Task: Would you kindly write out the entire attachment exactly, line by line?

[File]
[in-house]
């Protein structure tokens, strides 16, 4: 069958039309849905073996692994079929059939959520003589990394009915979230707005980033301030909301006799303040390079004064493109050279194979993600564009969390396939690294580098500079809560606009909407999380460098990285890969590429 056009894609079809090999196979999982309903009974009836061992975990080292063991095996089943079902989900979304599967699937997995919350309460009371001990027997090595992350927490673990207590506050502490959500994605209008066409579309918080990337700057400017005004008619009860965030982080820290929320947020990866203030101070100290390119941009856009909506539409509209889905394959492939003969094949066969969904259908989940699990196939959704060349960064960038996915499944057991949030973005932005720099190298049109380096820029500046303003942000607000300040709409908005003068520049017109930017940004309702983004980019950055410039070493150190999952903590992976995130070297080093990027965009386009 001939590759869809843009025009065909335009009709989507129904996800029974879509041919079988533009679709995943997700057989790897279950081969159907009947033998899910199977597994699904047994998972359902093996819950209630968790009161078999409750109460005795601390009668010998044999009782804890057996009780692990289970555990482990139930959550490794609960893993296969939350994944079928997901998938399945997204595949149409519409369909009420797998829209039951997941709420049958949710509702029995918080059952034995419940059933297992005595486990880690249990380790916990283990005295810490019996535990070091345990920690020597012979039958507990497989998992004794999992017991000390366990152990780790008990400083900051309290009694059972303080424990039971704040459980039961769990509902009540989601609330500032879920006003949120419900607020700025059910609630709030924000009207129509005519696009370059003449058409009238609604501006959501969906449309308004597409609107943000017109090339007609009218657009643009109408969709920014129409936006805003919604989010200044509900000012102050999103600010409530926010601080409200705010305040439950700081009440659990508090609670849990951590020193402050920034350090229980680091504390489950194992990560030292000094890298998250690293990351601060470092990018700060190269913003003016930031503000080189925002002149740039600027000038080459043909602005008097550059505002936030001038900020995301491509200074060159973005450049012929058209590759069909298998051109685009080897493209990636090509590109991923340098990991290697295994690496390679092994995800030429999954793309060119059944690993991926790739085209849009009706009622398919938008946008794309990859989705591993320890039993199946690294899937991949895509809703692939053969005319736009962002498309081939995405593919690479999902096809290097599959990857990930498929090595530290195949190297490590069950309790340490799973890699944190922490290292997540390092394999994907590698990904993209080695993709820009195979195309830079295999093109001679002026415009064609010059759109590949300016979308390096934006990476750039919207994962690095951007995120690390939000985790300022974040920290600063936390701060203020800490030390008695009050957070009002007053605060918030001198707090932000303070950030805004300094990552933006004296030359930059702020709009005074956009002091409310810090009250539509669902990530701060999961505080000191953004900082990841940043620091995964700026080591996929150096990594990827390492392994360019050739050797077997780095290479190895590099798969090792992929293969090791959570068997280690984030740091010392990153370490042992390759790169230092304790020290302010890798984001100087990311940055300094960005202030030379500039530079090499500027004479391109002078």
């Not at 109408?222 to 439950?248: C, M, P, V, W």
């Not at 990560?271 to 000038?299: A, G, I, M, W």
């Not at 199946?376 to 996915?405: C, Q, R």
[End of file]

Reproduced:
[in-house]
């Protein structure tokens, strides 16, 4: 069958039309849905073996692994079929059939959520003589990394009915979230707005980033301030909301006799303040390079004064493109050279194979993600564009969390396939690294580098500079809560606009909407999380460098990285890969590429 056009894609079809090999196979999982309903009974009836061992975990080292063991095996089943079902989900979304599967699937997995919350309460009371001990027997090595992350927490673990207590506050502490959500994605209008066409579309918080990337700057400017005004008619009860965030982080820290929320947020990866203030101070100290390119941009856009909506539409509209889905394959492939003969094949066969969904259908989940699990196939959704060349960064960038996915499944057991949030973005932005720099190298049109380096820029500046303003942000607000300040709409908005003068520049017109930017940004309702983004980019950055410039070493150190999952903590992976995130070297080093990027965009386009 001939590759869809843009025009065909335009009709989507129904996800029974879509041919079988533009679709995943997700057989790897279950081969159907009947033998899910199977597994699904047994998972359902093996819950209630968790009161078999409750109460005795601390009668010998044999009782804890057996009780692990289970555990482990139930959550490794609960893993296969939350994944079928997901998938399945997204595949149409519409369909009420797998829209039951997941709420049958949710509702029995918080059952034995419940059933297992005595486990880690249990380790916990283990005295810490019996535990070091345990920690020597012979039958507990497989998992004794999992017991000390366990152990780790008990400083900051309290009694059972303080424990039971704040459980039961769990509902009540989601609330500032879920006003949120419900607020700025059910609630709030924000009207129509005519696009370059003449058409009238609604501006959501969906449309308004597409609107943000017109090339007609009218657009643009109408969709920014129409936006805003919604989010200044509900000012102050999103600010409530926010601080409200705010305040439950700081009440659990508090609670849990951590020193402050920034350090229980680091504390489950194992990560030292000094890298998250690293990351601060470092990018700060190269913003003016930031503000080189925002002149740039600027000038080459043909602005008097550059505002936030001038900020995301491509200074060159973005450049012929058209590759069909298998051109685009080897493209990636090509590109991923340098990991290697295994690496390679092994995800030429999954793309060119059944690993991926790739085209849009009706009622398919938008946008794309990859989705591993320890039993199946690294899937991949895509809703692939053969005319736009962002498309081939995405593919690479999902096809290097599959990857990930498929090595530290195949190297490590069950309790340490799973890699944190922490290292997540390092394999994907590698990904993209080695993709820009195979195309830079295999093109001679002026415009064609010059759109590949300016979308390096934006990476750039919207994962690095951007995120690390939000985790300022974040920290600063936390701060203020800490030390008695009050957070009002007053605060918030001198707090932000303070950030805004300094990552933006004296030359930059702020709009005074956009002091409310810090009250539509669902990530701060999961505080000191953004900082990841940043620091995964700026080591996929150096990594990827390492392994360019050739050797077997780095290479190895590099798969090792992929293969090791959570068997280690984030740091010392990153370490042992390759790169230092304790020290302010890798984001100087990311940055300094960005202030030379500039530079090499500027004479391109002078």
């Not at 109408?222 to 439950?248: C, M, P, V, W």
């Not at 990560?271 to 000038?299: A, G, I, M, W």
């Not at 199946?376 to 996915?405: C, Q, R």